covid19 · fitness

On not fitting into one column, or: mental health is tricky!

Scrolling through Facebook, I just saw this graphic, designed to help us figure out how we’re doing at any point during the pandemic.

4-column graphic, from "thriving" to "surviving" to "struggling" to "in crisis".
4-column graphic, from “thriving” to “surviving” to “struggling” to “in crisis”.

A FB friend who both teaches and has been a healthcare worker posted it; it’s from this useful website for healthcare workers, to help them identify signs of stress, burnout and need. Man oh man, do they deserve all the help, support, sympathy, admiration and eternal gratitude we can muster.

I think we can all relate to the areas and symptoms listed above. And of course, as the symptoms pile up, so do our feelings of stress, burnout, exhaustion and loss of control.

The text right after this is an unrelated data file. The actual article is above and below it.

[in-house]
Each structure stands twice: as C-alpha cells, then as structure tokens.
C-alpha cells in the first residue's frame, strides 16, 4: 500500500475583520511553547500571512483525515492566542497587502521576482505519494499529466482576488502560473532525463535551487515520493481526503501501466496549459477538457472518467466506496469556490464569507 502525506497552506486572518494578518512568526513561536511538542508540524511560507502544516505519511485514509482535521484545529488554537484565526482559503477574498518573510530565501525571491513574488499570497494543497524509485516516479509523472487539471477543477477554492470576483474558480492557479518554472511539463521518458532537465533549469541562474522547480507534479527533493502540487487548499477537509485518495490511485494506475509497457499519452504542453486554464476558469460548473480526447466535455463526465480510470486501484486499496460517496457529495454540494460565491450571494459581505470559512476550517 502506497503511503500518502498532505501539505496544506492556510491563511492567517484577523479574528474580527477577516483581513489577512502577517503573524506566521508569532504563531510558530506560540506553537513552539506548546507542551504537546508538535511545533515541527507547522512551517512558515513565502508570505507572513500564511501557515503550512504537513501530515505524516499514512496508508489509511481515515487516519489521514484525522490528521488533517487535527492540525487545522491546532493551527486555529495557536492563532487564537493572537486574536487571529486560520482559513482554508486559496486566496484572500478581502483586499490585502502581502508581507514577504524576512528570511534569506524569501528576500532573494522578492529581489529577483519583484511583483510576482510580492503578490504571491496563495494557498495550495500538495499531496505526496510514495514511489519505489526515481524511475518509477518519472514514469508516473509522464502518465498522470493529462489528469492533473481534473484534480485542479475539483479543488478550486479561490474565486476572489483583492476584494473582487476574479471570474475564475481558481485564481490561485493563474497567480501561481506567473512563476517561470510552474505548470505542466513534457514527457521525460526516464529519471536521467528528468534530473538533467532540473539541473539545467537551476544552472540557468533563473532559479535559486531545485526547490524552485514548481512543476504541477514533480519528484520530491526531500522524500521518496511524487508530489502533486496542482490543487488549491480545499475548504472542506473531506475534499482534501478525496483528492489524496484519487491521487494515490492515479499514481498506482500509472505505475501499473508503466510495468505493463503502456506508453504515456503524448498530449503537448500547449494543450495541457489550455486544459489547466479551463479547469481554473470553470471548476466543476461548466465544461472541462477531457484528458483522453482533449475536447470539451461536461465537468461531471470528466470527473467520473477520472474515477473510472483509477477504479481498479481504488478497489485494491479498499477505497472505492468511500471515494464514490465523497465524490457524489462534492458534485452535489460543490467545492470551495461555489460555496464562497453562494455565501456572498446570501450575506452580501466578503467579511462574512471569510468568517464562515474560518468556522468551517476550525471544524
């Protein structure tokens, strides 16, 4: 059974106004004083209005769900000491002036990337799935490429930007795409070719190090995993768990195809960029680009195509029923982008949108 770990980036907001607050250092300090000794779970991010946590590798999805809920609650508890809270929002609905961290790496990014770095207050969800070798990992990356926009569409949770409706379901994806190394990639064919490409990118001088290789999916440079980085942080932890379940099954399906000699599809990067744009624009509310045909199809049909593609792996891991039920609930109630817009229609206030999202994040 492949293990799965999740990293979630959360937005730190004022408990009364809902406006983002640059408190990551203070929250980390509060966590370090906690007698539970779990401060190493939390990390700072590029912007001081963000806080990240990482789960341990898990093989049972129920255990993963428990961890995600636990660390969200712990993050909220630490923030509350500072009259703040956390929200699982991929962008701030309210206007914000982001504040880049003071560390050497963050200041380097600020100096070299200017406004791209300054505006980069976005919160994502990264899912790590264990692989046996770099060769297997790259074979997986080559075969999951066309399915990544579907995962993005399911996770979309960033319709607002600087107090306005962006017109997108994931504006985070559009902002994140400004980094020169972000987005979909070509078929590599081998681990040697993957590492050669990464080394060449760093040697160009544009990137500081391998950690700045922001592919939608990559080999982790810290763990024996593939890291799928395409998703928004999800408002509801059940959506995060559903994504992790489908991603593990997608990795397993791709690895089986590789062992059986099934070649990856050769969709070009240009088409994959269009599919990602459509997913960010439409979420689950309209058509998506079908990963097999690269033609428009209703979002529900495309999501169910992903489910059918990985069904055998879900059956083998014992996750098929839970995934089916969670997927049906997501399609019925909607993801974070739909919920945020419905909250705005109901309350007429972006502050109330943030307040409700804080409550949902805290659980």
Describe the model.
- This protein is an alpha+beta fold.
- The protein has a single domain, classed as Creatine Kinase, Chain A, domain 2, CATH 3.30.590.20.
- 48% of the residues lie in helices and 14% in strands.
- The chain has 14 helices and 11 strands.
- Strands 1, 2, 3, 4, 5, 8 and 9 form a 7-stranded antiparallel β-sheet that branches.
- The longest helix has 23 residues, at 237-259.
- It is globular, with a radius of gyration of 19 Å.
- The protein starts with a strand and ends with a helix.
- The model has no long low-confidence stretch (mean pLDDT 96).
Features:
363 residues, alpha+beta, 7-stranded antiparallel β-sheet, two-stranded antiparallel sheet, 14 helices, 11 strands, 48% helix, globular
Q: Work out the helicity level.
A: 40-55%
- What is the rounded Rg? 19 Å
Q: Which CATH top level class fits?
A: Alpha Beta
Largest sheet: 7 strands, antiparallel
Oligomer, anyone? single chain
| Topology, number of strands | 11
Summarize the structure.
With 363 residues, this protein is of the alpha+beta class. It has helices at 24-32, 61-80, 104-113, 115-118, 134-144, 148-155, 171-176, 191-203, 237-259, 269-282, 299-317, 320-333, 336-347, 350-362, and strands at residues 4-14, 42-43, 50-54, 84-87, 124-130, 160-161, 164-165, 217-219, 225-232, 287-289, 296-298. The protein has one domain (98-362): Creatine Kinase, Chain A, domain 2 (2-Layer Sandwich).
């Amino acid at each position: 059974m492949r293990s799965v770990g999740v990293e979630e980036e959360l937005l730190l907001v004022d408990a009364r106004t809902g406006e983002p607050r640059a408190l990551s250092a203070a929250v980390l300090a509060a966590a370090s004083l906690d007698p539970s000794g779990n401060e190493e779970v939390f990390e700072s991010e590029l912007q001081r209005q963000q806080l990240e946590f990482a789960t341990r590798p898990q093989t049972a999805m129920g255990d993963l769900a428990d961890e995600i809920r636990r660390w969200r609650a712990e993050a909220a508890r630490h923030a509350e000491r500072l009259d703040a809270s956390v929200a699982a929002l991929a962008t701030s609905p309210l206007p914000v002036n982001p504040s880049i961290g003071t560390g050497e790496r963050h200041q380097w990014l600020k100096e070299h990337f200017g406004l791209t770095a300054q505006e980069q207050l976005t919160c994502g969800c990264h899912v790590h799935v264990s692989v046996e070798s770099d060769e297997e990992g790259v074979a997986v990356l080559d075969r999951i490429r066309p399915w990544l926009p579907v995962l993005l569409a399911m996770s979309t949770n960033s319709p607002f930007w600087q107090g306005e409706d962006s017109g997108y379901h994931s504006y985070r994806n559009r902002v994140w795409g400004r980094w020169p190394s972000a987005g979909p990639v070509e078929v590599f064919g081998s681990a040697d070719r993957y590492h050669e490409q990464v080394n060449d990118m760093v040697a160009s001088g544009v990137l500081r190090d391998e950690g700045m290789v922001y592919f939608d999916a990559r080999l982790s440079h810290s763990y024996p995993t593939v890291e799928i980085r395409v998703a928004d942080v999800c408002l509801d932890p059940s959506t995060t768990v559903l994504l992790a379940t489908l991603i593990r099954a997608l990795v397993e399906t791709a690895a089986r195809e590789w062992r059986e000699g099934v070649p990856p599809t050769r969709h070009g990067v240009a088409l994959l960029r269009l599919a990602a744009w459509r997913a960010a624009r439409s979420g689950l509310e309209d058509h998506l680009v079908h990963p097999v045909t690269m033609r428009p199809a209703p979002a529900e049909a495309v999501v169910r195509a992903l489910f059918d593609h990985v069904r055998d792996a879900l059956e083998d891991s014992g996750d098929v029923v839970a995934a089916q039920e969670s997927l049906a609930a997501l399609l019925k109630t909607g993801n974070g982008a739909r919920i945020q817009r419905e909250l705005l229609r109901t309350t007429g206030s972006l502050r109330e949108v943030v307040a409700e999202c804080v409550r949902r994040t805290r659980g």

But as I looked over the columns, I found I didn’t fit neatly into one. That’s okay– mental health is tricky and complicated!

This graph showed me a way to do a kind of self-inventory of important and different stress markers. I gave some thought to how they are doing now, and how they have changed over the past 6–8 months. Here’s what I noticed.

Sleeping: in the past month, my sleeping has really improved. For 6+ months of the pandemic, I was awake until 3am, but have rolled it back to 12:30–1:30am. For me, this is a big win, as I now have more alert, happy and productive morning time. I attribute this partly to increased mediTation (morning and evening) and also to increased mediCation: I’m taking 100mg/evening of Gabapentin, often prescribed off-label for menopausal temperature fluctuations and insomnia. So sleep has moved into the sort-of-thriving category.

Work: it’s a logistical and emotional rollercoaster. I love rollercoasters, but end up screaming a lot. The same is true for teaching right now. My students are having so much trouble focusing, remembering, following through, maintaining, responding– you name it. And completing? Ha. Not happening.